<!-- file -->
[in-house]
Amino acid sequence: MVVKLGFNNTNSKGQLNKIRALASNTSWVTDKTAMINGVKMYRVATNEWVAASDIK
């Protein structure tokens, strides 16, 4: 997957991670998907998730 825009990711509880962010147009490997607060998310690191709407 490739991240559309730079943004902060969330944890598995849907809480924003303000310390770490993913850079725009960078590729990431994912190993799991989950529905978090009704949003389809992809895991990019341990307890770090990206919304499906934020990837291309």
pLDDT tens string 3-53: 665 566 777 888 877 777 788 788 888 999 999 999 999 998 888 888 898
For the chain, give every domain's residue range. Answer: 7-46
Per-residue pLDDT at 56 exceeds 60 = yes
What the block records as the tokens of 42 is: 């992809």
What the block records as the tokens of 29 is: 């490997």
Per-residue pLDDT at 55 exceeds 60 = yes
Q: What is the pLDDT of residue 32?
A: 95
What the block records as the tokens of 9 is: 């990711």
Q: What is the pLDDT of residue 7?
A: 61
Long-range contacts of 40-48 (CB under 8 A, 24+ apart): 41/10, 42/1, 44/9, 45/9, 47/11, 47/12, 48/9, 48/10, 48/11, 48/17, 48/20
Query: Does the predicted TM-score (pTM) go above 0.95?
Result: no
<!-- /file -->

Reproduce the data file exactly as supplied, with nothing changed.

[in-house]
Amino acid sequence: MVVKLGFNNTNSKGQLNKIRALASNTSWVTDKTAMINGVKMYRVATNEWVAASDIK
């Protein structure tokens, strides 16, 4: 997957991670998907998730 825009990711509880962010147009490997607060998310690191709407 490739991240559309730079943004902060969330944890598995849907809480924003303000310390770490993913850079725009960078590729990431994912190993799991989950529905978090009704949003389809992809895991990019341990307890770090990206919304499906934020990837291309």
pLDDT tens string 3-53: 665 566 777 888 877 777 788 788 888 999 999 999 999 998 888 888 898
For the chain, give every domain's residue range. Answer: 7-46
Per-residue pLDDT at 56 exceeds 60 = yes
What the block records as the tokens of 42 is: 């992809």
What the block records as the tokens of 29 is: 């490997």
Per-residue pLDDT at 55 exceeds 60 = yes
Q: What is the pLDDT of residue 32?
A: 95
What the block records as the tokens of 9 is: 């990711």
Q: What is the pLDDT of residue 7?
A: 61
Long-range contacts of 40-48 (CB under 8 A, 24+ apart): 41/10, 42/1, 44/9, 45/9, 47/11, 47/12, 48/9, 48/10, 48/11, 48/17, 48/20
Query: Does the predicted TM-score (pTM) go above 0.95?
Result: no